Tuesday, January 24, 2006

Sorry, Queen’s Wood.

We took the kids to Queen’s Wood at the weekend, for a bit of fresh air and a run-around.

Luke taught us a new game. Forty-forty-oh. It didn’t seem to make much sense when he explained it, but when we started playing it, everything slotted into place. It’s like a cross between Hide and Seek, and It.

I love Queen’s Wood. It’s one of my favourite places in London. Especially in the autumn or winter. And having a certain kind of mind (twisted?), I always imagine dark and macabre happenings taking place amongst the mossy boughs. Of course, I put one such happening in my book.

It was strange going there on Sunday. I felt a little shame-faced, as though I owed the wood an apology. Because, actually, it is innocent. The terrible event took place in my head, not there. And now, as the book’s release date approaches, I wonder what impact my betrayal (for it feels like a betrayal) will have when it becomes public.

Will the wood be over-run by hordes of literary tourists? I very much doubt it. And it wasn’t really that that bothered me. It was the sense that I had used Queen’s Wood for my own purposes.

I had the distinct impression that the trees had the hump with me.

1 comment:

Edward Charles said...

Now there's a name from the past.

It must be forty five years since I spent much of my mis-spent youth in Queens Woods. I spent the rest of it in Highgate Woods (best for football) and Ally Pally (Alexandra Palace to you) which was THE venue for fishing.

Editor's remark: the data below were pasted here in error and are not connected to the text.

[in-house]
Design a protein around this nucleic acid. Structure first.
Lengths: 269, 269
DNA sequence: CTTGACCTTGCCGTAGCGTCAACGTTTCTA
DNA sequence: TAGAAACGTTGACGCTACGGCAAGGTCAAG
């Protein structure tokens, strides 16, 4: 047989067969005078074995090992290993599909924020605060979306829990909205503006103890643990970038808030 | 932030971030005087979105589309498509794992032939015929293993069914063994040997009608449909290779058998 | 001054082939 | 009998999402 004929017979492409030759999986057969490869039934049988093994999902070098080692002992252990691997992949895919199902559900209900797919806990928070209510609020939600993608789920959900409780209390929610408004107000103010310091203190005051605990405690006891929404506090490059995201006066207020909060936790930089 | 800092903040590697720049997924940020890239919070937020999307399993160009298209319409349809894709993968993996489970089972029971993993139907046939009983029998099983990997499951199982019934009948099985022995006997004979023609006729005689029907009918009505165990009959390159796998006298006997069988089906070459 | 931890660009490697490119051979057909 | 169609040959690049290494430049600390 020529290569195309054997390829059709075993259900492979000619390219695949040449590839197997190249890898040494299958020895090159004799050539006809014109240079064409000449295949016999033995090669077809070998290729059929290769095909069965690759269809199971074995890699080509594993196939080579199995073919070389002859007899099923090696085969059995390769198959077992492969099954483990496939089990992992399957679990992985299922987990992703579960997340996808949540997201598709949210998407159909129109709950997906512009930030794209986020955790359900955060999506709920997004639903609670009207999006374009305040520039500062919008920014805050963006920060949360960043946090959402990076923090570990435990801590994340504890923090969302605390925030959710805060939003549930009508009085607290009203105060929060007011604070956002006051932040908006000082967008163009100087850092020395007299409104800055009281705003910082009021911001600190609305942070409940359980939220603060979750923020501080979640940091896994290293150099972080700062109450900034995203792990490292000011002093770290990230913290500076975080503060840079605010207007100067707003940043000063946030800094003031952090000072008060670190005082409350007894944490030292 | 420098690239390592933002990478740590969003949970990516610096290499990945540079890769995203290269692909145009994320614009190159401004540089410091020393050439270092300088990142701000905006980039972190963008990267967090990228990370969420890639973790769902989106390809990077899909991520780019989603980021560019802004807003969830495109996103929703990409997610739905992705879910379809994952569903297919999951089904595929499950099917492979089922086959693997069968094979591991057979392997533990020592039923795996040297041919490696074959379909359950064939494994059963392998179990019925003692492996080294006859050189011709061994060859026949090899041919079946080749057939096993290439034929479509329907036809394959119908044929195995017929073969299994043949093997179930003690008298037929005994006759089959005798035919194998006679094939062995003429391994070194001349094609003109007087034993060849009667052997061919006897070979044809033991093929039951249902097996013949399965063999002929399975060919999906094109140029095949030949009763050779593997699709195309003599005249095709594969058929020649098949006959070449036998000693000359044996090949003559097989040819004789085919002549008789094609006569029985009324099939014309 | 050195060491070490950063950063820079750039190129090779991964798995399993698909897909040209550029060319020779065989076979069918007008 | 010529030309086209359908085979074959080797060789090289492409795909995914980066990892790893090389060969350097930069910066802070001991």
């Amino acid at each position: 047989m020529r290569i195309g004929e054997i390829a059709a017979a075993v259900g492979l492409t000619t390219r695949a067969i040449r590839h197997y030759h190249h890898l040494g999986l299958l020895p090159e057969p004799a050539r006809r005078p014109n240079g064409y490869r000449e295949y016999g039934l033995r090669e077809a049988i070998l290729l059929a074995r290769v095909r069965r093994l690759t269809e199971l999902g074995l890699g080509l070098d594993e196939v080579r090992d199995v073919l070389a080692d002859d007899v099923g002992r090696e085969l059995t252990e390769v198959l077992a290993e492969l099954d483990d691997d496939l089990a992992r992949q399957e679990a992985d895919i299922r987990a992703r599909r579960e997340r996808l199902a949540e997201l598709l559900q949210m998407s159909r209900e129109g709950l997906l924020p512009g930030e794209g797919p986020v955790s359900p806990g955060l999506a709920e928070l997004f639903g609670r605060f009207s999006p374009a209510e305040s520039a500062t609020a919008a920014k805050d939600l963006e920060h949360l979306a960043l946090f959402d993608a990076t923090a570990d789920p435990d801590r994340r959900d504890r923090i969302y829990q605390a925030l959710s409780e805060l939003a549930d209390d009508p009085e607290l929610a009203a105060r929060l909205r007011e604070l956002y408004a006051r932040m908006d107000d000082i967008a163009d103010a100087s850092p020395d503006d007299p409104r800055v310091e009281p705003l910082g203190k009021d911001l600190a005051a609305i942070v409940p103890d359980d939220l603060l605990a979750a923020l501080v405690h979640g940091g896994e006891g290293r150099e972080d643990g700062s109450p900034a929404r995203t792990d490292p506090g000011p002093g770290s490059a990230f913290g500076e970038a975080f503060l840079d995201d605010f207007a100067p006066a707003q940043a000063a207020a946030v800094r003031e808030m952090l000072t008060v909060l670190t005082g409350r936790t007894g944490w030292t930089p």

But Queens Woods was brilliant because it belonged to Hornsey Borough Council who let it go wild, whilst the City of London kept Highgate Woods so perfect, there was no undergrowth and therefore (apart from squirrels) no wildlife.

I was brought up as a country boy in London and Queens Woods made it possible. Butterflies and moths were plentiful (I developed a specialism in hawk moths and found lime hawks, poplar hawks, and even one elephant and one bedstraw hawk).

I also developed a large collection of birds' eggs and in a typical year probably knew the whereabouts of two dozen nests.

Happy postwar days, now no doubt gone. But thanks for the memories Queens Woods.

Edward Charles.